Thursday, October 26, 2017
My friend and colleague, Prof. Paolo Carozza, shared with me the address he delivered a few years ago at Benedictine College. It is a very thoughtful reflection on the life and witness of St. Benedict and his relevance to our times. Among other things, he engages some of what Rod Dreher has been arguing, in his The Benedict Option and elsewhere.
I particularly liked this:
God has written into the world “an order and a dynamism that
human beings have no right to ignore,” [Pope Francis] tells us . . . . And thus the proper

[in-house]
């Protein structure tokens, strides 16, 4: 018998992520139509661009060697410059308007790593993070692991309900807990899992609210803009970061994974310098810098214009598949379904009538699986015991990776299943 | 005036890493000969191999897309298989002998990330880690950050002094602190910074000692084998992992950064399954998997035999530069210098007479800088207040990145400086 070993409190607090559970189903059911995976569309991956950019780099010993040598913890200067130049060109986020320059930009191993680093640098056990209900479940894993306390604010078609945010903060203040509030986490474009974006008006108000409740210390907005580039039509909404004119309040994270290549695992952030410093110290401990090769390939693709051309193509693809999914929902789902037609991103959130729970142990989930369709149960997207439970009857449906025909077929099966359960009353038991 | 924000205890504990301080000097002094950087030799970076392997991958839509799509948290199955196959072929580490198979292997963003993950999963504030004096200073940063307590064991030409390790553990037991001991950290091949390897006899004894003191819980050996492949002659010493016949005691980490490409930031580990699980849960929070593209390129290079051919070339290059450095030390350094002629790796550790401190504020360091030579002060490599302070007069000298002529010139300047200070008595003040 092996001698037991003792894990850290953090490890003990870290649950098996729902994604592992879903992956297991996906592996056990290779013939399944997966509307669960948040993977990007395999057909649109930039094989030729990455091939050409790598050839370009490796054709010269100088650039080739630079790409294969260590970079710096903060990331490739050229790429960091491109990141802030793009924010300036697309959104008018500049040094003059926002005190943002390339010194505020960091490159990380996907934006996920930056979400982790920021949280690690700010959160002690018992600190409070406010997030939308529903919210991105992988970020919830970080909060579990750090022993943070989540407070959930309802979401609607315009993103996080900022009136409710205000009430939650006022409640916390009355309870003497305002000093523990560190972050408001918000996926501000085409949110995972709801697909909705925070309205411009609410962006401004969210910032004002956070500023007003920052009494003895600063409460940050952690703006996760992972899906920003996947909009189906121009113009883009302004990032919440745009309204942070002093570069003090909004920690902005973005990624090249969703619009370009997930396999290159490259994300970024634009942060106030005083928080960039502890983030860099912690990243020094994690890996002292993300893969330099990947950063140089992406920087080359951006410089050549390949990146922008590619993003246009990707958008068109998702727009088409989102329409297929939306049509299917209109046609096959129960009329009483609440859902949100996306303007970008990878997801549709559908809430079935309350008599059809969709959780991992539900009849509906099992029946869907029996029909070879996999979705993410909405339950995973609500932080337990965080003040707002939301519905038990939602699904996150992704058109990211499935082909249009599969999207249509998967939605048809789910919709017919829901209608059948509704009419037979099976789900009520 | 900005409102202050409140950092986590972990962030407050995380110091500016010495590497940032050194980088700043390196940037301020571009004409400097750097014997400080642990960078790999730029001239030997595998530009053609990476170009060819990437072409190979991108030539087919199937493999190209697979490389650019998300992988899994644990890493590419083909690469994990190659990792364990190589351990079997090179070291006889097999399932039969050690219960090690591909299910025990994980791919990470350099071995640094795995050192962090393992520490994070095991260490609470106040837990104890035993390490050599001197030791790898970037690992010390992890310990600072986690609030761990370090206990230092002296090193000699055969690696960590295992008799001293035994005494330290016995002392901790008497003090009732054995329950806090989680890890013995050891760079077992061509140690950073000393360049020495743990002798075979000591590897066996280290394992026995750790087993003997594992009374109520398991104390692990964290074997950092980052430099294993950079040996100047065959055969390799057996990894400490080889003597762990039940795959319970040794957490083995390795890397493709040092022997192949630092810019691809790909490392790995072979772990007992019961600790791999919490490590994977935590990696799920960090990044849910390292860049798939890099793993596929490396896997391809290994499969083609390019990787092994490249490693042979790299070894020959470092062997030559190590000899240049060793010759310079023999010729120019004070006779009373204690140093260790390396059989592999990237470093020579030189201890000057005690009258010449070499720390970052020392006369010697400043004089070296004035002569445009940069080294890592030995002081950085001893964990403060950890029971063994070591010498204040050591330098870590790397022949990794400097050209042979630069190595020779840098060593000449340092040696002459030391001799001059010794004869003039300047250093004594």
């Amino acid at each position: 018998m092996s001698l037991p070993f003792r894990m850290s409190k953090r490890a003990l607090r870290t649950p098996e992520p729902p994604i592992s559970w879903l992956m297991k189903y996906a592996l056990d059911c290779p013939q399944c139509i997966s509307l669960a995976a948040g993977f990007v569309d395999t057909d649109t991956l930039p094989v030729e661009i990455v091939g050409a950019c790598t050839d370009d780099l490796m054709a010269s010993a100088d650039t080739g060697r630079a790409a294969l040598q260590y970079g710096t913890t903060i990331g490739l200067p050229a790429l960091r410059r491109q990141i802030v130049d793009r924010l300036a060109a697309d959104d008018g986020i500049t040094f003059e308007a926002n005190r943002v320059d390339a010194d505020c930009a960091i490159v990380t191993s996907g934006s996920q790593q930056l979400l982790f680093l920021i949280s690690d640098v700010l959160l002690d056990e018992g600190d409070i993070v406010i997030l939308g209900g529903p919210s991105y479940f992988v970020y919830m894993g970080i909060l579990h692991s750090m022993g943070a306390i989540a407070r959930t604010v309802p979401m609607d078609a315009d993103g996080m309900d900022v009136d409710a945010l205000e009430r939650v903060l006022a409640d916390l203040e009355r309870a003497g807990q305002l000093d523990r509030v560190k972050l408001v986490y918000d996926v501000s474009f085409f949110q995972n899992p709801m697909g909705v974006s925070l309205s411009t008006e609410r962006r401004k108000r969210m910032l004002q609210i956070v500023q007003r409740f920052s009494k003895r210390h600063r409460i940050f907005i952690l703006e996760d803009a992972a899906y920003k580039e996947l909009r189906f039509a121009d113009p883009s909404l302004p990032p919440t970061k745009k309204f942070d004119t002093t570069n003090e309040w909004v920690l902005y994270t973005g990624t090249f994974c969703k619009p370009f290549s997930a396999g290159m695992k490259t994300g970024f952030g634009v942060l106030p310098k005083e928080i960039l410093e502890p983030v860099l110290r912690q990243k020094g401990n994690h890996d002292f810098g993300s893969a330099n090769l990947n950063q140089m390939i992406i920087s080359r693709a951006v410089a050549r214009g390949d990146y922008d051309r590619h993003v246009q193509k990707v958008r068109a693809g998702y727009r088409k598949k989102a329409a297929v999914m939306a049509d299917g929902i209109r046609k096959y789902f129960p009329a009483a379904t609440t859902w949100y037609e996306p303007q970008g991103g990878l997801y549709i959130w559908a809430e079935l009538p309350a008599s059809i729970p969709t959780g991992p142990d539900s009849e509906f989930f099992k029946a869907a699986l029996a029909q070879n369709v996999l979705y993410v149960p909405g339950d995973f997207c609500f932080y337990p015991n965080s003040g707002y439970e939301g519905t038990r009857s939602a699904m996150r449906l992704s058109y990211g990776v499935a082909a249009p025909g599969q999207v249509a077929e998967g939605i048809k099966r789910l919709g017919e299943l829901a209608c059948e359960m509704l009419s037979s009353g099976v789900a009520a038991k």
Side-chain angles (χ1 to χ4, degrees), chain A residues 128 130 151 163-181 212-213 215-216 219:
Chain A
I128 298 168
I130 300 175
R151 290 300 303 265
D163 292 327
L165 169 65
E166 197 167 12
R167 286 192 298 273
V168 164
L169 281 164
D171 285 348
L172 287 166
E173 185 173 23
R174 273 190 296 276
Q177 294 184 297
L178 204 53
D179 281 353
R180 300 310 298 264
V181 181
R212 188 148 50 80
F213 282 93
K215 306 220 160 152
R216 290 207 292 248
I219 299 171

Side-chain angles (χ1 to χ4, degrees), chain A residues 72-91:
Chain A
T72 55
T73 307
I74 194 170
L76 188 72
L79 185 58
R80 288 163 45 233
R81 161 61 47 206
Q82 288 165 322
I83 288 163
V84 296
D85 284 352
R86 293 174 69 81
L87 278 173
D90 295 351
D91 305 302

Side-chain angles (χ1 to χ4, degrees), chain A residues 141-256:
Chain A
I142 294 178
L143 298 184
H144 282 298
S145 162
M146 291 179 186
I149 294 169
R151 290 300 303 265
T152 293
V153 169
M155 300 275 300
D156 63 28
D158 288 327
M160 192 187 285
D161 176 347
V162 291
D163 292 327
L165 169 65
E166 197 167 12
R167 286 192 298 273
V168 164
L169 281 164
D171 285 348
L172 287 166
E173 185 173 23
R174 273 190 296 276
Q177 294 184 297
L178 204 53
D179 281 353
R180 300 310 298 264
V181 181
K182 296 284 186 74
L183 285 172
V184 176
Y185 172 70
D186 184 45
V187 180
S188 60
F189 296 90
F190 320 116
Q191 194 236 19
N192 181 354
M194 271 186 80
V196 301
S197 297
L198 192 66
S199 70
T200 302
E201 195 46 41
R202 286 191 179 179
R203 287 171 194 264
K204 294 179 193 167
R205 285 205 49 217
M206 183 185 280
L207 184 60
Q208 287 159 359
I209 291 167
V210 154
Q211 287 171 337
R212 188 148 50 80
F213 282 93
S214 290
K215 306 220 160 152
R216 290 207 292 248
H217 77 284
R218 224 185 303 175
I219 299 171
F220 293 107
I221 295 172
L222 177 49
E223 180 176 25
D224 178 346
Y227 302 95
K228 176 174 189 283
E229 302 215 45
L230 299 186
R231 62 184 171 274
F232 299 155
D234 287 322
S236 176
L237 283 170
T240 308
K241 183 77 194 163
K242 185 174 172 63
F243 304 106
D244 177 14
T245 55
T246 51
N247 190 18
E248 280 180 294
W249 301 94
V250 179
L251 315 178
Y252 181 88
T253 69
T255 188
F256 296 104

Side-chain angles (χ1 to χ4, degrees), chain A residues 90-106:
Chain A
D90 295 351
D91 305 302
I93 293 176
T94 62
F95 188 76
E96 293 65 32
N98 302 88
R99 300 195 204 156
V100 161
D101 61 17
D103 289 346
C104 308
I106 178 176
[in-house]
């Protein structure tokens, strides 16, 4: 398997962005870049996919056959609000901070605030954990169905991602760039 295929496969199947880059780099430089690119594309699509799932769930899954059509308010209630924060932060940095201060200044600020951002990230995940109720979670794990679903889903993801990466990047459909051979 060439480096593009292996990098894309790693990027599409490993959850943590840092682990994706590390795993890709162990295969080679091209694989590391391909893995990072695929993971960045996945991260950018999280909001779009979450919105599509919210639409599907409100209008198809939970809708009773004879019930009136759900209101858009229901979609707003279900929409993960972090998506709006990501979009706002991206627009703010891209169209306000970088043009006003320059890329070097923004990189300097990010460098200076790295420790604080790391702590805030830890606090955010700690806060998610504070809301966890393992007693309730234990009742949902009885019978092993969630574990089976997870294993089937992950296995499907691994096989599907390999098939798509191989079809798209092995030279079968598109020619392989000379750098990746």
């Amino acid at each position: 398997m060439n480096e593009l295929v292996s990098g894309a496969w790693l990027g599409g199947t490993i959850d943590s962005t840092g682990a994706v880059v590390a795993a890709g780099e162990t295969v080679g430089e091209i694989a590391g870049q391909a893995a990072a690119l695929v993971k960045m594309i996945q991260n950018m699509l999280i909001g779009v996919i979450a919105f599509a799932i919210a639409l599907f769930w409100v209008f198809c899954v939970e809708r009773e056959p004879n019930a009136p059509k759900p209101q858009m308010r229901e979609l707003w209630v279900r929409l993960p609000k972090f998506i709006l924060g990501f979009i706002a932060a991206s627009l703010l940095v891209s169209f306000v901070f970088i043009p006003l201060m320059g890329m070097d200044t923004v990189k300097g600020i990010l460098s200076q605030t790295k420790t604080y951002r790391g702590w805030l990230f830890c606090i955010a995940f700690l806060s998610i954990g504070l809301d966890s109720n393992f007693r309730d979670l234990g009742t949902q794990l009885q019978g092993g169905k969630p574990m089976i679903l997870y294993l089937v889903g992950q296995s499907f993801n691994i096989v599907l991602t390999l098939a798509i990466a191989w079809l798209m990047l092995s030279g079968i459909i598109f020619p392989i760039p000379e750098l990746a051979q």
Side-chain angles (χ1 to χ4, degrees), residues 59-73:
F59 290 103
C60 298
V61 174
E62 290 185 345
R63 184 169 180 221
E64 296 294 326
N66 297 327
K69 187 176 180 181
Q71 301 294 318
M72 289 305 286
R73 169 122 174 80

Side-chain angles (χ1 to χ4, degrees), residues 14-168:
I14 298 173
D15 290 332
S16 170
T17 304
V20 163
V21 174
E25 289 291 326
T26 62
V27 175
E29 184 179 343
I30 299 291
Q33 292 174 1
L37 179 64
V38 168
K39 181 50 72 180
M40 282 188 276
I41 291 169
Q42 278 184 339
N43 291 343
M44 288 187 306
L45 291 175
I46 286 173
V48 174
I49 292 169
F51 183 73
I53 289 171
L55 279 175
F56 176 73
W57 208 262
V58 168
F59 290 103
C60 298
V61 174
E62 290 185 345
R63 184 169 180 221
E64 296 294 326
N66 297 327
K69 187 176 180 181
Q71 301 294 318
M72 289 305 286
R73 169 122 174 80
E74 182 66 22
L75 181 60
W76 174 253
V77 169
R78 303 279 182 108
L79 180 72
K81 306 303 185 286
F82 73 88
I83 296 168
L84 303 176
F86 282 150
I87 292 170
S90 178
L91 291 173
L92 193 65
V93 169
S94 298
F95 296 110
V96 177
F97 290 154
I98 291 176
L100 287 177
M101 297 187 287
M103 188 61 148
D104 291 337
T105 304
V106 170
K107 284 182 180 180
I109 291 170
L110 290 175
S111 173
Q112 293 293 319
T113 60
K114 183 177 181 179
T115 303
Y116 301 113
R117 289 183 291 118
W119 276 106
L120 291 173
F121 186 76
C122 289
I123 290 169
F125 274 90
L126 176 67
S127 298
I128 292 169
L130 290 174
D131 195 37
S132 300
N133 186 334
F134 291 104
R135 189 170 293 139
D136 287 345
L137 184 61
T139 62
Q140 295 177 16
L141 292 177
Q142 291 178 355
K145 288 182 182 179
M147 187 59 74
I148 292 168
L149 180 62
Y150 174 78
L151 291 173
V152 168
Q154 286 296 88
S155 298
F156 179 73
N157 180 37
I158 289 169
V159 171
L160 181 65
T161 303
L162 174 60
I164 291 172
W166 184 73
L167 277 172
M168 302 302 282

attitude for us to strive for in the face of this fact must be one of “gratitude and
gratuitousness, a recognition that the world is God’s loving gift.” It is
quite countercultural today to insist that reality and the world of meaning are not
wholly constructed by us. And nevertheless it is true that the things that most
correspond to the destiny of our lives are not the ones we “make”, and still less the
ones we “possess” or that we “consume”. Instead we have to allow ourselves to be
made by, possessed by, and consumed by a passion for truth and beauty and
Beginning again, the beginning of a new year institutionally, the beginning of
a new stage in life, the new beginning of hope in a world that has lost its way, begins
with our own hearts. If we allow ourselves to be made and possessed and consumed
there, we will witness the transformation of the very heart of the world.